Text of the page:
Contract packager Reed-Lane Inc.’s Web site says its “mission for the past 46 years has been to provide the pharmaceutical industry with high-quality packaging. Attention to detail, creativity, and flexibility have been our hallmarks in supplying the industry with innovative solutions to their packaging needs in both primary and secondary packaging.”
The Wayne, NJ-based company’s attention to detail helped it notice limitations in some of its ink-jet codes. “The ink did not always set up well on the substrate,” says Richard Wrocklage, manager of technical services. “We had smudging problems with some of the labels and the plastic bottles that we were running. We also had a glass bottle that wouldn’t allow good ink adherence. We couldn’t have just changed substrates without changing our processes, so we looked to a new coding method.”
Reed-Lane’s search, Wrocklage says, involved “discussing it with some industry contacts who provided very positive feedback on the” Markem (www.markem.com) SmartLase® 100 Series “laser coders in terms of their reliability and ease of programming. The first one was installed and running about three years ago; the next two in the following 12 to 18 months.”
Wrocklage explains that the three SmartLase coders are established on three different product lines. One is on a dedicated product line that codes primarily onto chipboard cartons, while the other two are used to handle whatever job is running. Although the majority of its customer applications are solid-dose pharmaceutical packages for retail sale, Reed-Lane does provide prescription trade and physician samples and hospital unit doses.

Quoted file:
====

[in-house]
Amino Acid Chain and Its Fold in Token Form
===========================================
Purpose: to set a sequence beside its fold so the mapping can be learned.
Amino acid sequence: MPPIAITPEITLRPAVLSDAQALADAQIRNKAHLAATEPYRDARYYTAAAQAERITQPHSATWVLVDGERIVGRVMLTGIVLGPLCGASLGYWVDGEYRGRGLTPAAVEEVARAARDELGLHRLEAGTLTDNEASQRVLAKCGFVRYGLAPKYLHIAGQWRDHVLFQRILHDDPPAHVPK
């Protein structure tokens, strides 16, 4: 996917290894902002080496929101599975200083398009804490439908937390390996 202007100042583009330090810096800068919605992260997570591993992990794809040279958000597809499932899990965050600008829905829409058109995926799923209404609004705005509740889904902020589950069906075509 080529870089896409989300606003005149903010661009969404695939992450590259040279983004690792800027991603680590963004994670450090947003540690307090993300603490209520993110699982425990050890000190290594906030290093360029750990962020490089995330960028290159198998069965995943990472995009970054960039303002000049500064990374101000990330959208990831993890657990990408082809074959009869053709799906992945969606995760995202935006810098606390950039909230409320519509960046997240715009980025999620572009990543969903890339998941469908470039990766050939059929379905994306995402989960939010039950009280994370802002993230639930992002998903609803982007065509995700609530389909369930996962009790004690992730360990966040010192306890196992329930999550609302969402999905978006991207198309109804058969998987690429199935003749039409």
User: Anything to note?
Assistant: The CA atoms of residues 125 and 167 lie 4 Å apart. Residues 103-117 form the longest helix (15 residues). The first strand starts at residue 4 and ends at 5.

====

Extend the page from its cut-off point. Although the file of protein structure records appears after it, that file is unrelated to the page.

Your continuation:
The laser coders may code labels, plastic and glass bottles and jars, thermoformed blister material, and cartons. “We find that the units are very versatile,” says Wrocklage. He notes, “They can hit a moving or a stationary target (such as an intermittent-motion labeler on a bottle filling line). The ink-jet coders can only hit a moving target.”
In all, Reed-Lane’s 134ꯠ sq’ facility houses 40 packaging lines. The three lines equipped with the Markem SmartLase coders typically run on a two-shift operation, five days a week, although six- or seven-day, three-shift operations occur when needed. “It’s contract packaging, so no two days are the same,” says Wrocklage.
“Economically, we justify the switch to lasers partly due to the savings from no longer having to invest in the fluids necessary for ink-jet coding,” says Wrocklage. “The other justification is uptime on the lines, which improves our manufacturing capabilities. We also free up members of the technical staff to be working on other lines, which increases our throughput throughout the building. And then there’s the savings in maintenance in labor and repair. I don’t have specifics, but our return on investment for these machines is in the 18-month to two-year range. We’re really happy with that.”
The same attention to detail that led to Reed-Lane’s initial investigation into alternative coding methods is causing the contract packager to evaluate its future marketing plans. “We’re dramatically expanding our bottling capabilities,” says Wrocklage. “So we definitely have plans to use more of these laser coders in the future. We’re also looking at every application where we do use ink-jet to see if laser is a good fit.”
Wrocklage notes that one of its cosmetics customers, “after seeing the laser units in operation at our facility, went out and bought a couple themselves. They were happy.”
Pleasing its diverse customers is critical to Reed-Lane. Ron Radwin, the company’s president and CEO, summarizes it succinctly: “A contract packager can’t just be a contract packager. We are in the service business. If you don’t service your customers well in all aspects of the packaging and development process, they won’t need you.” With the SmartLase laser coders, Reed-Lane is able to provide better service and further strengthen its customer relationships.